Published Online: January 19, 2000
Published in Print: January 19, 2000, as Children & Families

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Good Reviews: If the customer is always right, then Head Start, the federal preschool program for low-income children, is delivering on its promise to prepare youngsters for school and to make parents active participants in their children's lives and in the community.

The program has received the highest score of any government agency or private company included on the American Customer Satisfaction Index—and even beat out Mercedes-Benz and BMW, the U.S. Department of Health and Human Services announced recently. Head Start received an overall score of 87 for last year, 14 points above the current national score of 73.

On a scale of 100 for parent trust in the program, Head Start received a 94. And 89 percent of those surveyed said they were more satisfied with Head Start than they were two years ago.

"It is gratifying that parents whose children are getting the benefit of Head Start's early education feel respected, included, and satisfied with this program's place in their lives," said Olivia A. Golden, the assistant secretary for children and families in the Health and Human Services Department.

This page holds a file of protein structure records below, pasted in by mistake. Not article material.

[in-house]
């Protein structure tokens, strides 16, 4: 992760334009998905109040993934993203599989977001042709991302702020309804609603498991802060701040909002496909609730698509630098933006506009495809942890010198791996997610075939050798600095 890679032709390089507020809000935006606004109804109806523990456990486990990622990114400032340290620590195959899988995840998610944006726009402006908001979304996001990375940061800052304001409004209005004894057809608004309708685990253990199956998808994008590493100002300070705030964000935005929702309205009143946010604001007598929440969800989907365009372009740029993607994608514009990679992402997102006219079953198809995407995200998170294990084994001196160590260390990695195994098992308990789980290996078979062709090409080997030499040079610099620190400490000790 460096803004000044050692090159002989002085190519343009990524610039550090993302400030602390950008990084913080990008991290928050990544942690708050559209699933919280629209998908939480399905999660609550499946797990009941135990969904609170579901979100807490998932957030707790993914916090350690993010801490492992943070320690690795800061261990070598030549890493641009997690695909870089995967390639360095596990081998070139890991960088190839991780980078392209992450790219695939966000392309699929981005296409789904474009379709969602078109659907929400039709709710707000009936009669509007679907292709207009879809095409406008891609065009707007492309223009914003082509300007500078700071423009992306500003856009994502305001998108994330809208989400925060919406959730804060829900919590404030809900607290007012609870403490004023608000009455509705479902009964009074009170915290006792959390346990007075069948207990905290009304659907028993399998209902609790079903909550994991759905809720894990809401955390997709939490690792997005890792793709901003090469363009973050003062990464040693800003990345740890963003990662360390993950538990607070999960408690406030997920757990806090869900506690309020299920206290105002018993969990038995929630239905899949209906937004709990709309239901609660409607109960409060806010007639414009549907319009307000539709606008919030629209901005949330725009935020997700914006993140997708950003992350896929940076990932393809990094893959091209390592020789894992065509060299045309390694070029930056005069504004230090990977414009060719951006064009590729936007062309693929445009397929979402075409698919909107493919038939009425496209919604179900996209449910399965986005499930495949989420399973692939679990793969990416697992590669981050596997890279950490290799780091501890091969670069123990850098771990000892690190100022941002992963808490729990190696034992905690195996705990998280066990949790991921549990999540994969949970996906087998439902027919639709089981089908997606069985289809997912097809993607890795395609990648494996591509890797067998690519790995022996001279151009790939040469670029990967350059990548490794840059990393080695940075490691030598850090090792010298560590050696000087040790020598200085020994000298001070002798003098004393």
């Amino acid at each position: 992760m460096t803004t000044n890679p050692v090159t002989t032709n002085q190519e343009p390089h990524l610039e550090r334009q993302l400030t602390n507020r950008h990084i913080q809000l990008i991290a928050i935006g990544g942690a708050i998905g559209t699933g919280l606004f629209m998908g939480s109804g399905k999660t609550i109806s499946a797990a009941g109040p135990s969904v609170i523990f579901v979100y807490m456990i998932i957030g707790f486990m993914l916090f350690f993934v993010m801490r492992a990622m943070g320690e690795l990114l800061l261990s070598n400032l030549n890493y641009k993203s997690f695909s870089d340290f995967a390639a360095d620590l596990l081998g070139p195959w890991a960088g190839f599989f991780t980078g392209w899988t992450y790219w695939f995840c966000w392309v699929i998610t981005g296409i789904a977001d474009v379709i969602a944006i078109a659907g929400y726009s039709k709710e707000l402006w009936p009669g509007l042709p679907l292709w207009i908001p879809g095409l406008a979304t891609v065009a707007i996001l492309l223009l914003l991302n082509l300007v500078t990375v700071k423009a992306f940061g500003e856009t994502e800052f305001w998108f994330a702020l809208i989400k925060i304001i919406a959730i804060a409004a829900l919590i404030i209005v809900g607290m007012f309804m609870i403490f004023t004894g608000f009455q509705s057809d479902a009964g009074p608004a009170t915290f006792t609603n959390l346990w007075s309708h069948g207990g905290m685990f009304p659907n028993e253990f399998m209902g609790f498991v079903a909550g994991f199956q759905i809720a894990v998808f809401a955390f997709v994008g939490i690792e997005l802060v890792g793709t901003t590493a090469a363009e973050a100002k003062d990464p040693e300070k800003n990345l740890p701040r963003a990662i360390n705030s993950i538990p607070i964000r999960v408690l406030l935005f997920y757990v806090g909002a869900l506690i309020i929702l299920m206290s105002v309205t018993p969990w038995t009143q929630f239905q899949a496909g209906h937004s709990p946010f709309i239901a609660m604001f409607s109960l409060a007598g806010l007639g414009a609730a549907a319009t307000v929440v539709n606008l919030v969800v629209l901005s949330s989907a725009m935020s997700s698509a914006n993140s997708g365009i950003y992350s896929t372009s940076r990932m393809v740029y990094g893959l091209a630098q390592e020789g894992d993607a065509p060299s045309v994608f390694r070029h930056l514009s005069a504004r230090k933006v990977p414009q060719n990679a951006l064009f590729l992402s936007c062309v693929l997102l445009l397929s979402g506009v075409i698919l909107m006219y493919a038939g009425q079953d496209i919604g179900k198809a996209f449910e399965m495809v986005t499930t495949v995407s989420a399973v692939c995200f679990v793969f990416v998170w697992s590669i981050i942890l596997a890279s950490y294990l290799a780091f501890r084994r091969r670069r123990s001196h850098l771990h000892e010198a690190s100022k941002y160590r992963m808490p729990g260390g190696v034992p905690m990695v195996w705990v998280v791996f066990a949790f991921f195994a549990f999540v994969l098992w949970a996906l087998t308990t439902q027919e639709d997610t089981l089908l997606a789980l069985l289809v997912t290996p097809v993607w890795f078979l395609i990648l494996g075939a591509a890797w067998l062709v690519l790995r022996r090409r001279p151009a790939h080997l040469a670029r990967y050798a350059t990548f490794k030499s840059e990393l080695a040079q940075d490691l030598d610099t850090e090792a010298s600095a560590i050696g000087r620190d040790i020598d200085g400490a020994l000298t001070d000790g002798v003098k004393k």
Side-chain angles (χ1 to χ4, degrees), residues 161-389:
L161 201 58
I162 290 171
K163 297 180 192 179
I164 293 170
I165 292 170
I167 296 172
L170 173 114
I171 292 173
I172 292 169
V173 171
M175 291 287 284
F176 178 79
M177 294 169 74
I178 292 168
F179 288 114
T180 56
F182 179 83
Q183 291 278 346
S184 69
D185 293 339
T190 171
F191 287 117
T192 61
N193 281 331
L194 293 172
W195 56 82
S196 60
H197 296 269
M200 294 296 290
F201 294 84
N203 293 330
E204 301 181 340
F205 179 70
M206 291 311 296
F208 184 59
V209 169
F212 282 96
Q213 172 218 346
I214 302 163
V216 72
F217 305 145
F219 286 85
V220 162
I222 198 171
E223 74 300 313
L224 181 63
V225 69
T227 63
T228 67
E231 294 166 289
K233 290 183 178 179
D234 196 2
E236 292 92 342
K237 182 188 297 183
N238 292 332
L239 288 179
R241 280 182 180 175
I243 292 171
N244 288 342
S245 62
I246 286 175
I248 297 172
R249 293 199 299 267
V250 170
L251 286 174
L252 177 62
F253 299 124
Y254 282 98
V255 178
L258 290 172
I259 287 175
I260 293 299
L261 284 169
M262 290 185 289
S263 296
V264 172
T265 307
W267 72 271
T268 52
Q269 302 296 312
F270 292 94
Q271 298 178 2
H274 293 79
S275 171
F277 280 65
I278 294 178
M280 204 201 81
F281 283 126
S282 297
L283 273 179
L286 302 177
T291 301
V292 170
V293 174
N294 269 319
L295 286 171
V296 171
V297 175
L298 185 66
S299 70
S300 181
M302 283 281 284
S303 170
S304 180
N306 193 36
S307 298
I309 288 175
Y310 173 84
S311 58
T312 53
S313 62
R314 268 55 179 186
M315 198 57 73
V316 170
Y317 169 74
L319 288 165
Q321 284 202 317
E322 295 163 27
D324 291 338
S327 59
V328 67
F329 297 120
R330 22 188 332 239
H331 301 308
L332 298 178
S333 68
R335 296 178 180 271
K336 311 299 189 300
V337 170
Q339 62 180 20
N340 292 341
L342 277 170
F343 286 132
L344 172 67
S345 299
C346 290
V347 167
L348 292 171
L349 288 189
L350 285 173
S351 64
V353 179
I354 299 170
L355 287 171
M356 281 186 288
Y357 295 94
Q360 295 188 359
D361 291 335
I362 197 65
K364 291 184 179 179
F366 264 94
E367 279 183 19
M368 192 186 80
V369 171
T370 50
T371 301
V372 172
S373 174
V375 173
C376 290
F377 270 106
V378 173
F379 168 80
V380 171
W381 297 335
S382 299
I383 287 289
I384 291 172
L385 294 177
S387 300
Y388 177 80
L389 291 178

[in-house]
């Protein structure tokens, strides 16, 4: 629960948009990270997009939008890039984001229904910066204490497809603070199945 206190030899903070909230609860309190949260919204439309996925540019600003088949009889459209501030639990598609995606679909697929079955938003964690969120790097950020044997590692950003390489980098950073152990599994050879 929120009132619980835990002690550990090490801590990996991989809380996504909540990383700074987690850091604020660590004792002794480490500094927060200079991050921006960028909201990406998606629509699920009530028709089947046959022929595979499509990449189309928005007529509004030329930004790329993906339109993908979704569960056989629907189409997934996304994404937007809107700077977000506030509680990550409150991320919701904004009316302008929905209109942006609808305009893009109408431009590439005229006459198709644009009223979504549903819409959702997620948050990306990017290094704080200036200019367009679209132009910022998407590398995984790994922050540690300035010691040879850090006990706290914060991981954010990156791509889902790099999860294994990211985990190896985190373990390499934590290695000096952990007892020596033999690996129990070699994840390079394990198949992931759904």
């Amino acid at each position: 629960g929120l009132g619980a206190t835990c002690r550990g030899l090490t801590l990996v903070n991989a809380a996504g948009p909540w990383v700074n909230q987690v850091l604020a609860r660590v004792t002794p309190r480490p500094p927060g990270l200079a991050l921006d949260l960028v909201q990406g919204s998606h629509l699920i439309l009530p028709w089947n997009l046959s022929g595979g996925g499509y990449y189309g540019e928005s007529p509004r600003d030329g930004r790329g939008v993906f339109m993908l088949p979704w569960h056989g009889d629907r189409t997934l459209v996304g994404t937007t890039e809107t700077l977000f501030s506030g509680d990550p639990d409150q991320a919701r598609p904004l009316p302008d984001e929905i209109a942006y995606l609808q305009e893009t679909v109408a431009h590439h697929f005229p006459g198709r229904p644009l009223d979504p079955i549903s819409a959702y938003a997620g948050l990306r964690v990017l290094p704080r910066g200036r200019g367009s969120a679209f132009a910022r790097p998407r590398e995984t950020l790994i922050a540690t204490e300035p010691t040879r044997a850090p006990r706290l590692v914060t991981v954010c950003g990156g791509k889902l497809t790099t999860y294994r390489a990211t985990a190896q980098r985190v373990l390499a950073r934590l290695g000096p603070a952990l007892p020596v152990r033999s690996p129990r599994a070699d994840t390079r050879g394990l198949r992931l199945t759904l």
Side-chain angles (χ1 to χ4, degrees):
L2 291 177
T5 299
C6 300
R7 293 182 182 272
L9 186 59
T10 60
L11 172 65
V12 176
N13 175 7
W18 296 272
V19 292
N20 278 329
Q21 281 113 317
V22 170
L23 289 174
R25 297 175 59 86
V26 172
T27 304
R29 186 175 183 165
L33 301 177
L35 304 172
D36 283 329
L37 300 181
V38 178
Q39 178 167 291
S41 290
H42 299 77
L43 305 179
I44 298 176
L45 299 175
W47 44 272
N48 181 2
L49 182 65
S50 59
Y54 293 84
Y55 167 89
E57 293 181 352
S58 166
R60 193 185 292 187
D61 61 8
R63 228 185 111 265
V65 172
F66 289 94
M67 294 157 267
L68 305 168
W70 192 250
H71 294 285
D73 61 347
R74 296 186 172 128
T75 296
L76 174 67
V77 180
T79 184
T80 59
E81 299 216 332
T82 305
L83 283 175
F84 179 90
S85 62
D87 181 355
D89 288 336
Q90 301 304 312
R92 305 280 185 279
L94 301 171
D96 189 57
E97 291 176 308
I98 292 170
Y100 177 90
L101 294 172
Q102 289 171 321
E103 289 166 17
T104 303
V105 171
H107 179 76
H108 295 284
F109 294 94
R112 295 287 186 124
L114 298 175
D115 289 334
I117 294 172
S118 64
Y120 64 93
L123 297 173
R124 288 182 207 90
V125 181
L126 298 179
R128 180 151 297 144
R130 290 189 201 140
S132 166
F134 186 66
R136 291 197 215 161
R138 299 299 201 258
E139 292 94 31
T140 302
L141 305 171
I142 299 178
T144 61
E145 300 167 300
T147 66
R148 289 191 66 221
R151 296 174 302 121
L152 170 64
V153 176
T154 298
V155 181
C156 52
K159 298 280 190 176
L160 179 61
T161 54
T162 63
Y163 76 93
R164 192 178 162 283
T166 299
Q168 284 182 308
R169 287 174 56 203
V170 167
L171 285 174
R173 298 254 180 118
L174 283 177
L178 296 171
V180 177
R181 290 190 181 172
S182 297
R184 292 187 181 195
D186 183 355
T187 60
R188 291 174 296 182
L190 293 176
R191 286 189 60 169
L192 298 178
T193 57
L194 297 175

Subsidy Shortage: A lack of high-quality child care in New York City, as well as an insufficient supply of child-care subsidies, is forcing low-income parents to pay as much as half their income on such care and to resort to arrangements that they believe are having a negative impact on their children, says a report from the Children's Aid Society. The child-welfare agency serves more than 120,000 people in New York City.

Based on interviews with 150 parents on child-care waiting lists in the city, "The Human Cost of Waiting for Child Care: A Study" found that almost half the parents who earned between $6,000 and $12,000 a year were spending between 20 percent and 50 percent of their income on child care.

More than 70 percent were using child-care providers unregulated by state or local agencies.

The report also suggests that the child-care-subsidy system in the city—which is administered by two different agencies—is confusing and aggravates the problem.

The Children's Aid Society makes these recommendations:

  • Additional funding is needed, from the federal government, the state, and the city, to expand the supply of regulated, high-quality care.
  • A single agency should be in charge of administering child-care subsidies in the city.

—Linda Jacobson ljacobs@epe.org

Vol. 19, Issue 19, Page 10

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